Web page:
Stop the System

The system would be typically stopped from the control room. The system could also be stopped locally in the field if designed as such. Given the system described in Section 3.2.1, the following items must be shut down to bring the system to a full stop:

  • The makeup level controller LIC‐202 would be put into manual mode and the output set to zero to completely close the valve

  • The process pump PP‐202 would be stopped

  • The process flow controller FIC‐001 would be put into manual mode and the output set to zero to completely close the control valve.

  • The agitator 100‐AG‐010 would be stopped

Remove or Isolate Hazardous Substances

The task required is to inspect and perform maintenance on the agitator. Therefore, access inside the tank is necessary and the tank must be drained. Furthermore, there is a recirculation line that should be drained as well because any positive pressure placed in the line could force any remaining solution into the tank. This valve should also remain open in the event that backflow were to occur.

Drain the tank using HV‐401

Drain the recirculation line using HV‐402 and lock the valve open

De-Energize the System

There are two energy sources that must be de‐energized in this system. Mechanical energy from the agitator and process energy from the make‐up line, potential back flow from the process line and from the process pump:

  • The breaker must be opened for agitator 100‐AG‐010 in the motor control center (MCC) breaking the electrical connection. A lock and tag must be placed on the breaker.

  • The breaker must be opened for process pump 100‐PP‐202 in the motor control center (MCC) breaking the electrical connection. A lock and tag must be placed on the breaker.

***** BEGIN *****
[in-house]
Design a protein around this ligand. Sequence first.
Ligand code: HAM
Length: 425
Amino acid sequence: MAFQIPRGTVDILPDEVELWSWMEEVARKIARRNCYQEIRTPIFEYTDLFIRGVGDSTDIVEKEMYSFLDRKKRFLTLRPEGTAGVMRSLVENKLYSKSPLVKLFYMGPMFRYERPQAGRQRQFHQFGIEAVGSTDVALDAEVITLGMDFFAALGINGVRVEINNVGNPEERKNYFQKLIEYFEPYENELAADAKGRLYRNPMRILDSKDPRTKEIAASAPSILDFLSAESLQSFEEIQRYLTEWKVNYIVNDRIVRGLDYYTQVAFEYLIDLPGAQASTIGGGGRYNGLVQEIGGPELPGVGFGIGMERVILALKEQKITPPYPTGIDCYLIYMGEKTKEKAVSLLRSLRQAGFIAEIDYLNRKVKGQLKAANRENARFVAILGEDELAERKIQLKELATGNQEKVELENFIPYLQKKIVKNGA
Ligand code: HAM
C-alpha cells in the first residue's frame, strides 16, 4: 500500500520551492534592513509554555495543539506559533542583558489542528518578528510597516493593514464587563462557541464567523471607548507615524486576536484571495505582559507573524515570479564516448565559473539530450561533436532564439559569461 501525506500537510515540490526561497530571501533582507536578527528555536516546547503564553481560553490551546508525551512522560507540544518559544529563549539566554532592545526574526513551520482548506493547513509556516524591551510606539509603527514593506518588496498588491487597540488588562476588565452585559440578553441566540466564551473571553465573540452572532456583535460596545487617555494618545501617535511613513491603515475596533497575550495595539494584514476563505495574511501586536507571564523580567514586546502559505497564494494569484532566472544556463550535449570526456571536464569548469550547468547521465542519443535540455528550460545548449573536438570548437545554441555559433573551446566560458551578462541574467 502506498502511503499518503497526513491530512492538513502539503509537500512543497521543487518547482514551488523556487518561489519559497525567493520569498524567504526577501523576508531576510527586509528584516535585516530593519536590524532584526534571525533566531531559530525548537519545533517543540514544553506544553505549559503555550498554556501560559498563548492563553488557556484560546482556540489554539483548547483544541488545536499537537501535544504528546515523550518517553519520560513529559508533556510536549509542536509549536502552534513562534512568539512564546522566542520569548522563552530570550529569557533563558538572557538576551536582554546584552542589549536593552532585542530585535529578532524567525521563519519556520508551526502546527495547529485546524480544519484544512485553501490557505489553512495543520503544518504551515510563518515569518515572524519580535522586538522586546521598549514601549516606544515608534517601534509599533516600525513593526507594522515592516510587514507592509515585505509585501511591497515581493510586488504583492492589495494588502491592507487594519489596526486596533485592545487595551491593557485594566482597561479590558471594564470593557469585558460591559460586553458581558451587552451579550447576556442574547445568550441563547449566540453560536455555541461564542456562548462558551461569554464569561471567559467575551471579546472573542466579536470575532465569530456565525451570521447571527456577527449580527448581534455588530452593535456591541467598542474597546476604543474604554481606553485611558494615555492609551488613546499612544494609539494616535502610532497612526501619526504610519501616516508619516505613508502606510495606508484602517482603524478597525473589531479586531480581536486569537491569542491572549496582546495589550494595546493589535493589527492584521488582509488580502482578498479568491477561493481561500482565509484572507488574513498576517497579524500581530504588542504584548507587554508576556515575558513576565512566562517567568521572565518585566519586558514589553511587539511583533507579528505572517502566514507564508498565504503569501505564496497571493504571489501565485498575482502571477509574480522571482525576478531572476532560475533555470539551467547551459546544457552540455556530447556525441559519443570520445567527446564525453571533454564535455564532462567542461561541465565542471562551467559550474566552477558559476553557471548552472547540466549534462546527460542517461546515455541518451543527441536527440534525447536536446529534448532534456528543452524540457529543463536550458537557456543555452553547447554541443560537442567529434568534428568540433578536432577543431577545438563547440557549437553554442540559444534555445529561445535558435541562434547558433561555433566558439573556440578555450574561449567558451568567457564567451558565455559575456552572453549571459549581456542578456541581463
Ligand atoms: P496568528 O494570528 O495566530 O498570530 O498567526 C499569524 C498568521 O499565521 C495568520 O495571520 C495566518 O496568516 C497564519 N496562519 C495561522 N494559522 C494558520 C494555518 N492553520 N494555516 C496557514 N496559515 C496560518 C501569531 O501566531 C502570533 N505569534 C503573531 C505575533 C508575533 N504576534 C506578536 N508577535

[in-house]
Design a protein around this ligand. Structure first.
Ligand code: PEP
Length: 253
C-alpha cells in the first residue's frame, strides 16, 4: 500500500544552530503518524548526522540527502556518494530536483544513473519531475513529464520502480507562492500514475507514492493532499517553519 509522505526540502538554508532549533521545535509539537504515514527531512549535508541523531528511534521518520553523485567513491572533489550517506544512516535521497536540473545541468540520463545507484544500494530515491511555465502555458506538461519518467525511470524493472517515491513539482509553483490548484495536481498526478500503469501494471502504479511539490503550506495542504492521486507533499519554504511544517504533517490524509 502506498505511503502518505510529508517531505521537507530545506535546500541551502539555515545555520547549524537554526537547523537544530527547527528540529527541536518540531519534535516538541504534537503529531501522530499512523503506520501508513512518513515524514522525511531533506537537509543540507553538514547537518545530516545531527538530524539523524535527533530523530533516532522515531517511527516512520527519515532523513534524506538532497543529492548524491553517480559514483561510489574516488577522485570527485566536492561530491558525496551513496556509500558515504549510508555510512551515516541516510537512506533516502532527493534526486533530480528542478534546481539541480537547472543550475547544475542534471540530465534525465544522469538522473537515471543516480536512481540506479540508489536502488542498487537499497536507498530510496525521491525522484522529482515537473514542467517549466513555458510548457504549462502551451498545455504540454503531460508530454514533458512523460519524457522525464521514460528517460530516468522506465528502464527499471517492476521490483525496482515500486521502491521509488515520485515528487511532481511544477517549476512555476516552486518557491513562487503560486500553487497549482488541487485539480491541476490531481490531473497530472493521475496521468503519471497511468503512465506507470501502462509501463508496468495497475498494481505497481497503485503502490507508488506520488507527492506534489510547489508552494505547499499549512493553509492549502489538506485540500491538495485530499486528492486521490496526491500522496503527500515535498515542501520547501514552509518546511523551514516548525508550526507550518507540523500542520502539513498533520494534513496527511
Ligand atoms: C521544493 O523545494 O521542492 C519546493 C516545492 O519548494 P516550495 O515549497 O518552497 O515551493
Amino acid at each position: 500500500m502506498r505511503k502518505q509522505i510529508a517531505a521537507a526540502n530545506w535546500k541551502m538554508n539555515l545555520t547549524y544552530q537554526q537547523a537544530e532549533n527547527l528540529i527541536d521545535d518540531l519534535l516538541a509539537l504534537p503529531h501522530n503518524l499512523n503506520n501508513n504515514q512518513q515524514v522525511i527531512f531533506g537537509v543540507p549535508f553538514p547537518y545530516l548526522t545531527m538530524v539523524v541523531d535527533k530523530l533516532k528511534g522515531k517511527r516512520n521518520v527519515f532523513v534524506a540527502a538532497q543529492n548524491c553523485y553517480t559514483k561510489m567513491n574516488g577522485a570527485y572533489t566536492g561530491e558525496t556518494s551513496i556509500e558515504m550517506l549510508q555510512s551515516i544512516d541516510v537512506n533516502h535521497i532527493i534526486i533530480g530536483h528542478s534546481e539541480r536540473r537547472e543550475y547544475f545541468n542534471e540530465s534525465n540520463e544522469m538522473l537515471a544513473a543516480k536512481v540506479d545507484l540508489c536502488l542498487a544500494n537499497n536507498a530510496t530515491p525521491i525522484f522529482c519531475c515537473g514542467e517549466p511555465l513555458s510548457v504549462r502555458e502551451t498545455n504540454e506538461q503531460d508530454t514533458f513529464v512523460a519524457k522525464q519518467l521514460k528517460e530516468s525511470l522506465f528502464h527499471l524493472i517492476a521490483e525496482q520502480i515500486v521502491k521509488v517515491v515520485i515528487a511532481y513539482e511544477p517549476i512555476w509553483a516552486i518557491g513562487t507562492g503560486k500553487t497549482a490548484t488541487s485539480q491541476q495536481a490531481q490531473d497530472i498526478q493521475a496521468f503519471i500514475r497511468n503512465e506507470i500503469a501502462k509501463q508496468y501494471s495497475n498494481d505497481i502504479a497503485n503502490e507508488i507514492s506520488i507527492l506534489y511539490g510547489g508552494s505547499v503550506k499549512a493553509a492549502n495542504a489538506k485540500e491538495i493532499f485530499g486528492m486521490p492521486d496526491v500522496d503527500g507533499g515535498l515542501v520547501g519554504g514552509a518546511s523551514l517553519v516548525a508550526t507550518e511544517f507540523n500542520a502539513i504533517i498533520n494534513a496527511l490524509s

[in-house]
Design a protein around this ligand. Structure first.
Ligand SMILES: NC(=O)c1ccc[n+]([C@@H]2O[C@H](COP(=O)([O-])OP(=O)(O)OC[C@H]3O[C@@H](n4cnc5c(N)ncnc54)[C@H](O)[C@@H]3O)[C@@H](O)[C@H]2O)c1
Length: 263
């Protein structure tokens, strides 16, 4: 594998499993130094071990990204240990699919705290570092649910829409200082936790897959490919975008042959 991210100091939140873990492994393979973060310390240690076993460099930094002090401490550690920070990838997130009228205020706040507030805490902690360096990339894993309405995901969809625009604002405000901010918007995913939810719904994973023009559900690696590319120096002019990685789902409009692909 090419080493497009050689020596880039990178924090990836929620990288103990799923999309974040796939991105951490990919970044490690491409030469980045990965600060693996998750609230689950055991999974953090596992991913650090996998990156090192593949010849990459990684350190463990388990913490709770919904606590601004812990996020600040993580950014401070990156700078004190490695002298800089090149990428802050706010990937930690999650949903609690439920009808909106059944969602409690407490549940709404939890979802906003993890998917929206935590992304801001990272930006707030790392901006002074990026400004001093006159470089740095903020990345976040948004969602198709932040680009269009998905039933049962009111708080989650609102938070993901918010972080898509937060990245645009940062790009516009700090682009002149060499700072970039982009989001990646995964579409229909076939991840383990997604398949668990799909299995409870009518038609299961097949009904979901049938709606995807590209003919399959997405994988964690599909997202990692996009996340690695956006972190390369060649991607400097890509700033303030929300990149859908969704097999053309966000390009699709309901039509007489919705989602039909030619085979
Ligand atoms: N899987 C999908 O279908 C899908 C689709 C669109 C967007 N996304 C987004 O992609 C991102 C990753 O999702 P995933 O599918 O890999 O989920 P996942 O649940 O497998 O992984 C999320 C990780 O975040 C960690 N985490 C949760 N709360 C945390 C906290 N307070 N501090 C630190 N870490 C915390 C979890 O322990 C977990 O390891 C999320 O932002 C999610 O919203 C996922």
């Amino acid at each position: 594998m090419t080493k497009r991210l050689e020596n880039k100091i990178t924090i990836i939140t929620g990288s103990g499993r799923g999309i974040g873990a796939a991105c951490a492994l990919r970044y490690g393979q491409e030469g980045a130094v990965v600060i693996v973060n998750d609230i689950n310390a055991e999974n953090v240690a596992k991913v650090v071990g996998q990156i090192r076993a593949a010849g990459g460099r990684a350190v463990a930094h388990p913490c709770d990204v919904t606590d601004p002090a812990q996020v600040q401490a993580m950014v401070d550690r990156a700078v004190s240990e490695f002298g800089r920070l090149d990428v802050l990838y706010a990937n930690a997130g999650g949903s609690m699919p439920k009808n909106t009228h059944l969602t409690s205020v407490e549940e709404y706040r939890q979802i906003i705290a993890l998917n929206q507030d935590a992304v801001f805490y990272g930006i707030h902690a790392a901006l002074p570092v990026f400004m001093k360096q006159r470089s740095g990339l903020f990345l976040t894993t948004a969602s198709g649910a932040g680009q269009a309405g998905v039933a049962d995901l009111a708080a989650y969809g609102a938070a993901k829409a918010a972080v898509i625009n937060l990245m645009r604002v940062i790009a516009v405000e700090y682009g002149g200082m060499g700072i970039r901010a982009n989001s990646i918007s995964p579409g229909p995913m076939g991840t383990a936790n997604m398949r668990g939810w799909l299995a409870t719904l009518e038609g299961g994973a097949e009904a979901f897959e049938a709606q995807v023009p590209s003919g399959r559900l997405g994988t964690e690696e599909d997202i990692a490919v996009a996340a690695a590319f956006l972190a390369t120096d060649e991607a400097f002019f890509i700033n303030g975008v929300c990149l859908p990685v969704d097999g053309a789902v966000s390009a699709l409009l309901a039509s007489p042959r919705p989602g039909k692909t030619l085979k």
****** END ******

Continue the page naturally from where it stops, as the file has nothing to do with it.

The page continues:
• Manual valve HV‐501 on the make‐up line, must be closed, locked and tagged. A tag must also be placed on the valve indicating that it has been isolated.

  • Manual valve HV‐504 on the process line, must be closed, locked and tagged. A tag must also be placed on the valve indicating that it has been isolated.


The last but most important step in safety isolations is to verify that the equipment or system is not operable. Verification should be performed from the local control panel as well as the central control room. The equipment selector switch is put into "Local" mode and a start initiated from the field to verify that the equipment will not start. The equipment is then switched to "Remote" mode and a start is attempted from the control room. Field verification that the equipment will not start is required. The selector switch is then set back to "Local" while the equipment is being accessed.

The steps outlined above relate only to de‐energizing the system. There may be other safety issues that require attention prior to accessing the system such as confined space entry permitting, removing hazardous process materials or scaffolding procedures. These items must be identified and incorporated into the isolation procedure. However, discussion of these other issues is beyond the scope of this document.